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B&R Key Words (13) : Similar Initiatives (Part II)

Editor: Qian Ding 丨CCTV.com

05-05-2017 09:43 BJT

Editor's Note: Keywords to Understand China: the Belt and Road Initiative is a selection of "China Keywords" entries included in an eponymous multilingual platform to help readers better understand China's B&R Initiative. It is one of the major projects implemented by the China International Publishing Group and the China Academy of Translation.

India: Project Mausam

Project Mausam is a foreign policy initiative of the Indian government under Narendra Modi. It envisions a new platform for cooperation in the vast area extending from the South Asian subcontinent to other parts of the Indian Ocean littoral, in which India will play the leading role.

Rooted in the history of trade between the littoral countries deeply influenced by Indian culture, the project pushes for renewed collaboration among these countries in the exploration of maritime resources, and trade.

Initially proposed as a cultural program, Project Mausam is now evolving into a quasi-strategic initiative with diplomatic and economic reverberations.

India was a major staging post on the ancient Silk Road routes on the sea, and today it is an important partner of China in advancing the Belt and Road Initiative. There is no conflict between "Project Mausam" and China's initiative in either structure or nature; on the contrary the two can be readily aligned and even integrated.

Russia-India-Iran: North-South Corridor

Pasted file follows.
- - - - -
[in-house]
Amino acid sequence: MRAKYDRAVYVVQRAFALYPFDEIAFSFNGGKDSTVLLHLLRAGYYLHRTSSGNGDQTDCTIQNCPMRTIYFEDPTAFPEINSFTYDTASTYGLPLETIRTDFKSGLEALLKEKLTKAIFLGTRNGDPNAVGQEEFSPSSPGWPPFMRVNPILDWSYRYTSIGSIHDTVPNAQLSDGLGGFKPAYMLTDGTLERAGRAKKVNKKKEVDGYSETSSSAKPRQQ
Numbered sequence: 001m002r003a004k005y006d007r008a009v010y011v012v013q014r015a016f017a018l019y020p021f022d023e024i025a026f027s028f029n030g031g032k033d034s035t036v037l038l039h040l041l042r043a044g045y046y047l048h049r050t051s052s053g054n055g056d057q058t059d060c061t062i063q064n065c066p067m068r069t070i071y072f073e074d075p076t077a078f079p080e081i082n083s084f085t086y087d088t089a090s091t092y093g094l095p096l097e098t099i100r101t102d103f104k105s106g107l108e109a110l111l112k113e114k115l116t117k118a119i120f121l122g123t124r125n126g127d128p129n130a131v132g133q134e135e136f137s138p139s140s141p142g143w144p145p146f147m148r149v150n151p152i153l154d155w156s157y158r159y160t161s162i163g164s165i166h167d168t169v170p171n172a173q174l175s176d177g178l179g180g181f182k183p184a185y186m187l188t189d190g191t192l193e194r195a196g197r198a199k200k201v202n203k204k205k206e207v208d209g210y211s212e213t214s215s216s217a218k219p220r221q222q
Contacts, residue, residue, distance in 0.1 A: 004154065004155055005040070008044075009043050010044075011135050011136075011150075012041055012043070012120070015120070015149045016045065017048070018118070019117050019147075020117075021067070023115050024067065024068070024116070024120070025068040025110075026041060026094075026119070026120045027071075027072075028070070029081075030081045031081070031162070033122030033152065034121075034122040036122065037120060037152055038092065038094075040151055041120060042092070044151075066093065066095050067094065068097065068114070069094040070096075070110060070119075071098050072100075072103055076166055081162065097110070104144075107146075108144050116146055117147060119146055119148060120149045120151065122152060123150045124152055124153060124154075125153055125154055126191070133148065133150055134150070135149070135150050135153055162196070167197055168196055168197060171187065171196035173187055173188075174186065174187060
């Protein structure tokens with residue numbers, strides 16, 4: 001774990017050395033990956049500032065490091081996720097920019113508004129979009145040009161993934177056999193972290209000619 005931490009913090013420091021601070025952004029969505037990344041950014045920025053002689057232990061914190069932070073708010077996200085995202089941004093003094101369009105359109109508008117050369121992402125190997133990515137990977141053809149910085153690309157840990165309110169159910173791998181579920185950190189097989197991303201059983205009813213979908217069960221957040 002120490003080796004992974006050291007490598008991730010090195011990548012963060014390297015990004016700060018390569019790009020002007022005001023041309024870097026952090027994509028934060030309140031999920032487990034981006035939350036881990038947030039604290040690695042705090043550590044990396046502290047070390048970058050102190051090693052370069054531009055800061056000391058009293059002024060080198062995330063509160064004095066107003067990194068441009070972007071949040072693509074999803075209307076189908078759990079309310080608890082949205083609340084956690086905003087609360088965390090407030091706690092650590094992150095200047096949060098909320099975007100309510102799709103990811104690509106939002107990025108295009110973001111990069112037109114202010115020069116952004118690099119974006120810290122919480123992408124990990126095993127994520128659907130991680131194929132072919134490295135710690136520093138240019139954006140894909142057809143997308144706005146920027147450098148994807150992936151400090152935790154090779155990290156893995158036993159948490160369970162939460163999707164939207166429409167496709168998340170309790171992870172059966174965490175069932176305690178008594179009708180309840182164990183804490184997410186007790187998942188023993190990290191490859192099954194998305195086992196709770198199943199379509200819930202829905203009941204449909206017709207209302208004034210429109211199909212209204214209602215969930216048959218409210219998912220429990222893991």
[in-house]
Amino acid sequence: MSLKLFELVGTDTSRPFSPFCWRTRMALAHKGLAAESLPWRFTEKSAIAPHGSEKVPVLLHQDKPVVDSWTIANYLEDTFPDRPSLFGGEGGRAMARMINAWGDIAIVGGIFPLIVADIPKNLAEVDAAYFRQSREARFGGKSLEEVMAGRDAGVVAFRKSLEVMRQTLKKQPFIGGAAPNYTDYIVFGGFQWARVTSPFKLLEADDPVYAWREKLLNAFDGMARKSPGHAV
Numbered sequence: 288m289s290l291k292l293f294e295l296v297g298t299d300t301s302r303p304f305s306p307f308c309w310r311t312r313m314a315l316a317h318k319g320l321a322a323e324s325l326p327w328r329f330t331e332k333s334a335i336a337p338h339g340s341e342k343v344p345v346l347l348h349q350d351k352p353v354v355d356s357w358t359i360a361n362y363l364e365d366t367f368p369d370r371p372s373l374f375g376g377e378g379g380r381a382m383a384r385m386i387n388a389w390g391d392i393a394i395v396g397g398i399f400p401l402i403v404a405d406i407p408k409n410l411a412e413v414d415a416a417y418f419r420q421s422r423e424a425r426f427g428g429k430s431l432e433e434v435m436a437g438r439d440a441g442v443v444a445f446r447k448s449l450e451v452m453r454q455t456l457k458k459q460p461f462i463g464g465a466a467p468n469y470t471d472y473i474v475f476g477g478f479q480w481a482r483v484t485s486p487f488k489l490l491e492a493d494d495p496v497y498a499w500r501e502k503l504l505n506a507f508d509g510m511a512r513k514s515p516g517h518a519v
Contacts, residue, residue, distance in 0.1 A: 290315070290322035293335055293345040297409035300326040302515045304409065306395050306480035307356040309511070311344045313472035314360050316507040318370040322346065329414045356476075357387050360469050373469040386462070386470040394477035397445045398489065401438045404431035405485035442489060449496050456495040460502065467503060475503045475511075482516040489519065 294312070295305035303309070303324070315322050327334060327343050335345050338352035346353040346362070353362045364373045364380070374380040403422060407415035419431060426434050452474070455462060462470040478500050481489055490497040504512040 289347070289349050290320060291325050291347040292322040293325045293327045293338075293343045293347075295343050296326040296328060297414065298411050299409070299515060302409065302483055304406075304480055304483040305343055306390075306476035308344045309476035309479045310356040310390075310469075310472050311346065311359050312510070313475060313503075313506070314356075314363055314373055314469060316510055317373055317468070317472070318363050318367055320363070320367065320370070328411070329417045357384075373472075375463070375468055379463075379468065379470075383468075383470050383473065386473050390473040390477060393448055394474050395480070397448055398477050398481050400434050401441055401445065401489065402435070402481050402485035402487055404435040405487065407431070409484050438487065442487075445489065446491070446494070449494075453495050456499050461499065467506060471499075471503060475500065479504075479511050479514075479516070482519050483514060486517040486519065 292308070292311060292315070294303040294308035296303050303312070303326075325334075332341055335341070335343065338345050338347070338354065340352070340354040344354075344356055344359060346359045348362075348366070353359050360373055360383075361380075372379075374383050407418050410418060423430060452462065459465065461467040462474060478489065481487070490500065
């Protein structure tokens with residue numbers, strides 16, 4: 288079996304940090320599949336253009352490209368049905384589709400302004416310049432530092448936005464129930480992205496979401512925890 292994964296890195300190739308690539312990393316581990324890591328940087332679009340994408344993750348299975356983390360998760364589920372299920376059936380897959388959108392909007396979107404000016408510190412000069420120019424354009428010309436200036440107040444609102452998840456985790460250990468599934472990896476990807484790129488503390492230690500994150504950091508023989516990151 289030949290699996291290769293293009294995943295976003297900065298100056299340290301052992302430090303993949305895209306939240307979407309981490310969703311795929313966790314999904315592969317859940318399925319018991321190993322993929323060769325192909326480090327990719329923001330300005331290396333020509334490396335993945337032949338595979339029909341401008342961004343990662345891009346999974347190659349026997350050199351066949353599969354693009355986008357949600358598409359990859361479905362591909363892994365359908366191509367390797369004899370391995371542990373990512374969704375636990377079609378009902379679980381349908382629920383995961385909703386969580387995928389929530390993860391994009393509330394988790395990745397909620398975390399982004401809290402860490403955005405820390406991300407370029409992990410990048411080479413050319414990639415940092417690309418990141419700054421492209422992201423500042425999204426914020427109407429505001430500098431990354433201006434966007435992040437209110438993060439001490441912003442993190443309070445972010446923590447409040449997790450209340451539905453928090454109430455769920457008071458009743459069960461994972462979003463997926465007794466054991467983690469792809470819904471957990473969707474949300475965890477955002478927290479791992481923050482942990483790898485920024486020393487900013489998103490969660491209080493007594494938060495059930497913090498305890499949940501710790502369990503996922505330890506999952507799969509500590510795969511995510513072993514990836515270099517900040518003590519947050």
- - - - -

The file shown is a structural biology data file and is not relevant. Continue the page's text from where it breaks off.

Initiated by Russia, India and Iran in 2000, the North-South Corridor is intended to be a freight and cargo transit route, stretching from South Asia to Central Asia, the Caucasus, and Russia, and ending in Europe.

The proposed route has an estimated length of 5,000 kilometers, 40 percent shorter than the length of the current Eurasian transit, and is expected to cut transport costs by 30 percent.

It stretches southward from St. Petersburg by the Gulf of Finland to cross the Caspian Sea from the southern Russian port of Astrakhan to northern Iran’s Now Shahr port, onward to the Port of Bandar Abbas in south Iran, then across the Gulf of Oman and the Arabian Sea to reach the port of Mumbai in India.

It will also connect India’s western coast ports and Iran's ports of Bandar Abbas and Chabahar on the Arabian Sea. A multi-modal transport system is envisioned integrating motorway and rail transport and ocean shipping services.

The project has, however, experienced delays due to lack of capital and political differences. As Iran is centrally located, its lukewarm response, in particular, contributed to a protracted failure to reach consensus on any specific action plan.

The project gained traction again in 2011 on the back of India’s renewed push. Sixteen countries including those in Central Asia have now joined. But the prospects are dimmed by the potential conflicts between India and Pakistan.

European Union: Southern Gas Corridor

The Southern Gas Corridor is a major initiative by the European Union (EU) to diversify its energy supply, and thereby reduce its dependence on a single supplier.

After years of talks between the EU and countries concerned, a plan was proposed in 2008 to build a southern corridor, with projects including the Nabucco Gas Pipeline.

This EU-funded 3,300-kilometer-long pipeline project seeks to ship gas from the Caspian Sea to Austria and onward to other European countries via Turkey, Bulgaria, Romania and Hungary. With an estimated investment of 7.9 billion euros, the pipeline is expected to deliver 31 billion cubic meters of natural gas annually.

There are still daunting challenges in selecting sources of supply and pipeline routes and addressing international dynamics before the concept of this corridor can become a reality. The EU's path to energy security remains protracted.

(The opinions expressed here do not necessarily reflect the opinions of Panview or CCTV.com)


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